Teachers explaning a rubric to students Photo courtesy of Laurie Sullivan

There often seems to be a great divide between the humanities instructor at the post-secondary level and the K-12 teaching staff. This divide is called the rubric. Based on what I’ve learned in my own education classes and from mini-courses at various Centers for Teaching and Learning, the grading rubric is a key feature of pedagogy. (If I am wrong about this, please feel free to correct me!) As one Teaching and Learning staff member explained to me, the rubric is more fair to everyone involved: to the students, because they know in advance what they will be graded on and what to expect; and to the instructors, because they have a less-biased way to evaluate student performance in notoriously squishy fields like essay writing.

This is fair, in a way; admittedly grading is difficult (and makes people cranky: see “What grades really mean”. It also ties in to last month’s “Learning Outcomes” piece: the point of the rubric is to decide what you want students to learn before they do a given task, and then grade them on how well they’ve done that. Certainly it is more sensible than making it up as you go along.

But a good essay can’t be captured by a rubric, as Bardiac argues via a comparison to basketweaving. Writing well is an art, not a mechanical skill; while a rubric can certainly be used to separate the competent writers from those who have lots to learn, it is less able to separate the exceptional from the merely pedestrian.

But rubrics are becoming more widely-used as standardized and high-stakes testing becomes more normalized. There are websites where you can download a rubric template if you are too busy to make your own. And many teachers are concerned that overuse of rubrics means that writing is not being fairly assessed — the opposite of the original goal of the rubric! (However, there are also concerns that scorers and teachers of statewide assessments don’t view the rubric in the same way or are receiving different rubric instructions, which is a different problem.)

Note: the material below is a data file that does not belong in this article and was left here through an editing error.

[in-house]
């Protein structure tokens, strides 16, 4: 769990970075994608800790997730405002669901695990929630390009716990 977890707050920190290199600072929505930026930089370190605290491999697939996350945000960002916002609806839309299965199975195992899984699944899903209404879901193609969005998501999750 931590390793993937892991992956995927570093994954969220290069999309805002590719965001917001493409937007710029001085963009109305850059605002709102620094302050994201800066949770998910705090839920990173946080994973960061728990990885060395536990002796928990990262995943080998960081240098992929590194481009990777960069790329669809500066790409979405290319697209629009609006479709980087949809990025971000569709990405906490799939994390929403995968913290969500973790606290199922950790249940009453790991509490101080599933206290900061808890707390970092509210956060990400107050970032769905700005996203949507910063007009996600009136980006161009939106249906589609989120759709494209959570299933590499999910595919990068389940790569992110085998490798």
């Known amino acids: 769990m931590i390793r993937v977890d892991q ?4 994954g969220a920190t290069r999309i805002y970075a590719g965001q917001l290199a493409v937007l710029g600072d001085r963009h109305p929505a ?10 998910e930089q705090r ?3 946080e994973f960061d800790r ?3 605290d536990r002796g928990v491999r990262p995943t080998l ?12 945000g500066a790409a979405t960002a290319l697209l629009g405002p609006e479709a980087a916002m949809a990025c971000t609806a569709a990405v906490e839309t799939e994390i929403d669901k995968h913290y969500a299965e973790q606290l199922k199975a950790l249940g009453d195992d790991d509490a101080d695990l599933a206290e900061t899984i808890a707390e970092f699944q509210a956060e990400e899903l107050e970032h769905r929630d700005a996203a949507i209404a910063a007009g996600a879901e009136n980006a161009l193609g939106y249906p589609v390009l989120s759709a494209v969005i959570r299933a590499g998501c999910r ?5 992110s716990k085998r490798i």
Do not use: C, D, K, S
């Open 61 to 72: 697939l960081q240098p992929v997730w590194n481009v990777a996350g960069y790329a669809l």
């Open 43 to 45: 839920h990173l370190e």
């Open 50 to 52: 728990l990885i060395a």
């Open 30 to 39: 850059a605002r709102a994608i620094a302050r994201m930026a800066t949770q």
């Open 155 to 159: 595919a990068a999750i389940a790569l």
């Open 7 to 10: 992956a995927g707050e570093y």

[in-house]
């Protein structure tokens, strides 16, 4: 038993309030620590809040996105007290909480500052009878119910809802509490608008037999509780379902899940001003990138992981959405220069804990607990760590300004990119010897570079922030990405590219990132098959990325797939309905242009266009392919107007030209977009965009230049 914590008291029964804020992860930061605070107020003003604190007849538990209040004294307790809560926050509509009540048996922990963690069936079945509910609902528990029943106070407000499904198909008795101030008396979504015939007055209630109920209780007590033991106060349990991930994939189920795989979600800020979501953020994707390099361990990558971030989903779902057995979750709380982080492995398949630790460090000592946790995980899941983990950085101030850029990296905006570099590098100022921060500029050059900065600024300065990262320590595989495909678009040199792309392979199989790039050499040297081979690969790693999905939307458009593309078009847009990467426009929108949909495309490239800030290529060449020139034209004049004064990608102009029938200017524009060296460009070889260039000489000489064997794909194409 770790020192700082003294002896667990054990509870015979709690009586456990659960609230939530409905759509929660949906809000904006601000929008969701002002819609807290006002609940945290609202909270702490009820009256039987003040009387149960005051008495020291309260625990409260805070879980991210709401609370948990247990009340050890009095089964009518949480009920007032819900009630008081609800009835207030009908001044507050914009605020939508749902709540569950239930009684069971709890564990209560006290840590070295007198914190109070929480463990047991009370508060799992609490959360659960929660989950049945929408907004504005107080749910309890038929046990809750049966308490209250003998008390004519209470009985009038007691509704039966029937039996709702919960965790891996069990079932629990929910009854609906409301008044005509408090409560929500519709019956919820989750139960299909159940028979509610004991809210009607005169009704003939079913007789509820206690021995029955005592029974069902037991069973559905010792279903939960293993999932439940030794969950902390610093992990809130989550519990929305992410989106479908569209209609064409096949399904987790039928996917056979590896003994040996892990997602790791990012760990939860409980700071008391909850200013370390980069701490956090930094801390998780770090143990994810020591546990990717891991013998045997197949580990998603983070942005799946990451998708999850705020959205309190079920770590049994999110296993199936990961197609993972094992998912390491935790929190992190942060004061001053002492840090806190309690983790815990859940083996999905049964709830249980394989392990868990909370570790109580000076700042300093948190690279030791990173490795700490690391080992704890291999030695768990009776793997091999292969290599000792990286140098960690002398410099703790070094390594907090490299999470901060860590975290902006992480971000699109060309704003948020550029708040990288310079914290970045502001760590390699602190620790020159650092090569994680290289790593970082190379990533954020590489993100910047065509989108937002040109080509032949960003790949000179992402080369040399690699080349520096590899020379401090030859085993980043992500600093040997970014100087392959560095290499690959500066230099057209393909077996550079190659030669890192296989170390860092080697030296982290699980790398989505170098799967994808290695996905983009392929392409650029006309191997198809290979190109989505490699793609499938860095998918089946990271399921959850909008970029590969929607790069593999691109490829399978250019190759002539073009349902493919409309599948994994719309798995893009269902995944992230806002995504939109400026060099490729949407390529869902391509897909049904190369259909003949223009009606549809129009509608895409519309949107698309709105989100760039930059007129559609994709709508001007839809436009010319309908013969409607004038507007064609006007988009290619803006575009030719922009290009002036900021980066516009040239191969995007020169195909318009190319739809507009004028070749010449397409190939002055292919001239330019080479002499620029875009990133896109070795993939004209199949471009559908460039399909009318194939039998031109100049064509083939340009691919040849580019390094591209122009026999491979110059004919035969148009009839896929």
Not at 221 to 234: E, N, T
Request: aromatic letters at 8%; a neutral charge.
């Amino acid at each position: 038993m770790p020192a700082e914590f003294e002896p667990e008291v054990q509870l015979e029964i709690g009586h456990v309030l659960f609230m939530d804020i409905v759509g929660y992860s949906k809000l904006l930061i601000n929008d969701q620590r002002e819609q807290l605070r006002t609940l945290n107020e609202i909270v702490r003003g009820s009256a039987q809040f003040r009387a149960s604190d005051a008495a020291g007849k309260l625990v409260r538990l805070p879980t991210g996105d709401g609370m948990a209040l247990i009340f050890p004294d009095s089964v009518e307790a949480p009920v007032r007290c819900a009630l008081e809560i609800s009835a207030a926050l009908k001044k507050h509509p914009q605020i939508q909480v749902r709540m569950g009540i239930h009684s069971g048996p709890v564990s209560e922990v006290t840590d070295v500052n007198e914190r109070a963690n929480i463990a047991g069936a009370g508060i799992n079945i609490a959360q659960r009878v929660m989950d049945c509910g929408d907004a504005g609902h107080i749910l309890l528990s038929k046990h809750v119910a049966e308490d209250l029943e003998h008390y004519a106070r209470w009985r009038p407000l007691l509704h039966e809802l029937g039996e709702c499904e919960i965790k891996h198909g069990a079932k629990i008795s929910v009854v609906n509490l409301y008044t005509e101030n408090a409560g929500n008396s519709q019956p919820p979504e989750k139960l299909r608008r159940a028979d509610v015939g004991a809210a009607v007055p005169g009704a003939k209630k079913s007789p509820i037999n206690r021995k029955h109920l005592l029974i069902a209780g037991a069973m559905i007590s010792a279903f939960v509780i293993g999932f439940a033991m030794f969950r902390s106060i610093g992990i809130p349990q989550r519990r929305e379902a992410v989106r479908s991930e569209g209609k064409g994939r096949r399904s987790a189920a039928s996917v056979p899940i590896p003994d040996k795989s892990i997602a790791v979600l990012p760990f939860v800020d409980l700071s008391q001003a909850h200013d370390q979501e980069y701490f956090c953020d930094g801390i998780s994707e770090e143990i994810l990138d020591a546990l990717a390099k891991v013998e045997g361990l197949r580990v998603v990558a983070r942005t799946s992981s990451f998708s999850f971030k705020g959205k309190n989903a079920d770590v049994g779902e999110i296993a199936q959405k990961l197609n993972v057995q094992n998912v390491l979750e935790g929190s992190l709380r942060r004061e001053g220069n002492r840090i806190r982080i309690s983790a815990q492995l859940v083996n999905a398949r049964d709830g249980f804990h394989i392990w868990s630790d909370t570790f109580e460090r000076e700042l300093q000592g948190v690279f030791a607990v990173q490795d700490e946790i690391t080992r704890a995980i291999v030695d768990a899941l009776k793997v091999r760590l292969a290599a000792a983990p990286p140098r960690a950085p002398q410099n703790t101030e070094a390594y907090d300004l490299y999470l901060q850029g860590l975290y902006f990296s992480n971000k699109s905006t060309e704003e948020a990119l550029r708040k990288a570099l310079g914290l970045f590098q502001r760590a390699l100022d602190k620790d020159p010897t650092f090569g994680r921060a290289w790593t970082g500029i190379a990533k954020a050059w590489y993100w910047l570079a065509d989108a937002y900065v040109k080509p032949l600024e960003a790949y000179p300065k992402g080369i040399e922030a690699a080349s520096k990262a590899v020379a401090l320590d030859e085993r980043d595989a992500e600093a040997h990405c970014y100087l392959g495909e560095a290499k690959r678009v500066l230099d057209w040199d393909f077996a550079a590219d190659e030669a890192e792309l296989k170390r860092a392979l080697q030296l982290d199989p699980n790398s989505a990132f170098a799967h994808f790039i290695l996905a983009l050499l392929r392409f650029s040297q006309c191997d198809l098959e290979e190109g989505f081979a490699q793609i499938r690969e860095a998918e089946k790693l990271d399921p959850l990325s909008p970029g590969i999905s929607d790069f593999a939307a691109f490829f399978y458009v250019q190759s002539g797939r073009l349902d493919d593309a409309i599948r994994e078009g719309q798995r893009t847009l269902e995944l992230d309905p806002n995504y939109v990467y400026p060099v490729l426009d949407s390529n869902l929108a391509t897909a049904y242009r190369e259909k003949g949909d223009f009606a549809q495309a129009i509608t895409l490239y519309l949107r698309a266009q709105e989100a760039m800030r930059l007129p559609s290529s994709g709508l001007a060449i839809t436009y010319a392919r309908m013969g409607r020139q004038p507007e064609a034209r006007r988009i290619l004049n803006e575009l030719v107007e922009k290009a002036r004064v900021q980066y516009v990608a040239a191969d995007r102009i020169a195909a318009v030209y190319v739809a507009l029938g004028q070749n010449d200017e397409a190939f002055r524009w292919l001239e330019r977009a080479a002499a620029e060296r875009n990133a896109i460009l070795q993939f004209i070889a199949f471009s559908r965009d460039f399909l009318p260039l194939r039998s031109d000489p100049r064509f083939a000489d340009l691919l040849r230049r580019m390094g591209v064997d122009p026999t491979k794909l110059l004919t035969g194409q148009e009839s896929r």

NPR points out that even standardized testing rubrics may provide more valuable feedback than a number grade with no comments. For example, imagine a student who received a score of “excellent” in analysis and reading comprehension, but “poor” in grammar. This student would immediately know what skills to work on to improve her performance, as would her teacher. Now consider a different district that only provided numerical grades. A similar essay might receive a 75, but the student and her teachers would not know why or how to improve.

In short, there are both pros and cons to the rubric, and it is probably not going to disappear in lower grades. Its value at the post-secondary level remains debatable, however, and formative assessment by other means may be preferable.

About the Author: Jaclyn Neel is a visiting Assistant Professor in Ancient History at York University in Toronto, Ontario.